Pakistan’s Culture Of Compromising Sovereignty


When a joint communiqué issued after Indian Prime Minister Narendra Modi’s visit to the United States squarely accuses Pakistan of sponsoring cross border terrorism, it constitutes an attack on the country’s sovereignty. When the Taliban regime blames Pakistan for erecting a fence along the Pak-Afghan border, it means challenging the writ of Islamabad to protect its borders from terrorist attacks and smuggling. When the International Monetary Fund (IMF) levies severe conditions on Pakistan for releasing a $1.2 billion tranche of a bailout, it signifies a lack of trust and confidence in Islamabad’s economic management.

What is sovereignty and how does its erosion take place? According to Britannica, sovereignty means, “the ultimate overseer, or authority, in the decision-making process of the state and in the maintenance of order.” Derived from the Latin word superanus through the French souveraineté, the term was originally understood to mean the equivalent of supreme power. The Penguin Dictionary of International Relations defines sovereignty as “authority within a distinct territorial entity, but also to assert membership of the international community. The doctrine of sovereignty implies a double claim: autonomy in foreign policy and exclusive competence in internal affairs.” The erosion of sovereignty takes places when states pursue a policy of interdependence and subsequently compromise on freedom to make and implement decisions independently. Therefore, in a classical sense, no state is totally sovereign. What is possible in the view of globalization is relative or limited sovereignty, because no state can make or implement decisions independently because of its compromising interests.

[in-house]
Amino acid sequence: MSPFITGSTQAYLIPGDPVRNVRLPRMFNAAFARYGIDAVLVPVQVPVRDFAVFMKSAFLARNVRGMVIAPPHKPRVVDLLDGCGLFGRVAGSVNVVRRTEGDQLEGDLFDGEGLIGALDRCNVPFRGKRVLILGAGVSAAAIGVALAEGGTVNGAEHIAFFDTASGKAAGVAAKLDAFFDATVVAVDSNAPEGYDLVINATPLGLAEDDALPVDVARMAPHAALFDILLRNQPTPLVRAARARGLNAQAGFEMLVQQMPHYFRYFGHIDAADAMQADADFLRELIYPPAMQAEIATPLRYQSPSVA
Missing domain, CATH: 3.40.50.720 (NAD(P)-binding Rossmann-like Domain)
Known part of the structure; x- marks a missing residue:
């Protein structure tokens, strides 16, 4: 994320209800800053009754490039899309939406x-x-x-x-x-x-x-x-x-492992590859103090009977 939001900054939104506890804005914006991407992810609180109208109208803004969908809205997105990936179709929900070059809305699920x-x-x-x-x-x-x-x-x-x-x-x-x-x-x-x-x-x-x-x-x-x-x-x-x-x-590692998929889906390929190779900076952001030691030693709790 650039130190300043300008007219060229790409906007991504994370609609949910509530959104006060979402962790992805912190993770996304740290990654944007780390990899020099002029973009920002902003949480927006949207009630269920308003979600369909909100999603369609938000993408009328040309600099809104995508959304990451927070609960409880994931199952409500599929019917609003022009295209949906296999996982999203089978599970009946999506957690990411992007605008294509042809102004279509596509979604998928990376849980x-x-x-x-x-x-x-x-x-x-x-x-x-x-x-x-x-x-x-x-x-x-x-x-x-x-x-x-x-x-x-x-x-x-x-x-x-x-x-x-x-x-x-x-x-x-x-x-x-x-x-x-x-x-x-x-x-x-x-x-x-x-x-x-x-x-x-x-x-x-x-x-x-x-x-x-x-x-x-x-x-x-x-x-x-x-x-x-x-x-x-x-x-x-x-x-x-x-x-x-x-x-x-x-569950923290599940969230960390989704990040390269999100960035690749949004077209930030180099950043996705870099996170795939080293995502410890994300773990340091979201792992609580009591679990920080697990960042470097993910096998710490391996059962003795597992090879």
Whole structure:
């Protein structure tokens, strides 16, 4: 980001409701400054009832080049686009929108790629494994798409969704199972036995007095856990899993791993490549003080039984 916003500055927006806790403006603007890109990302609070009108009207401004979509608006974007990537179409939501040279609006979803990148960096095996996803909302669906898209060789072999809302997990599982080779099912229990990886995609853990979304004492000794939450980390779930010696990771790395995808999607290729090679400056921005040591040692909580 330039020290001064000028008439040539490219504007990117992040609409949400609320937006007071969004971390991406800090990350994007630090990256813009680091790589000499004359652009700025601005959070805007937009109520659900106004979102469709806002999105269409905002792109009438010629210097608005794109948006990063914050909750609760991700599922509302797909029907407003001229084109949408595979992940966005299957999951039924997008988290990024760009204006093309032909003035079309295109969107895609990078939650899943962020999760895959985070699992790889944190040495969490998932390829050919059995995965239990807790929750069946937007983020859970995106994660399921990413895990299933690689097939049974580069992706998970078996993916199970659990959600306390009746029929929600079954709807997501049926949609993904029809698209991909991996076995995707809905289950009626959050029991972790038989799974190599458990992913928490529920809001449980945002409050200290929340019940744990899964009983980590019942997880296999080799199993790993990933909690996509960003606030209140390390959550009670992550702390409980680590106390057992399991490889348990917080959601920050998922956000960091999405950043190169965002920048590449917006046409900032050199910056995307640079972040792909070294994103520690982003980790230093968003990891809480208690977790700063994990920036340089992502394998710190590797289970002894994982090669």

The history of compromises on Pakistan’s sovereignty is as old as the history of the country itself. Becoming part of Western alliance system of CENTO and SEATO during the Cold War and agreeing to become a front-line state to combat the Soviet military intervention in Afghanistan came at the expense of sovereignty. Joining the War on Terror with the US after 9/11 also compromised the sovereignty of Pakistan, as did several hundred drone attacks in the tribal areas, targeting what the Bush and later Obama administrations called the presence of terrorist ‘safe havens’ inside FATA.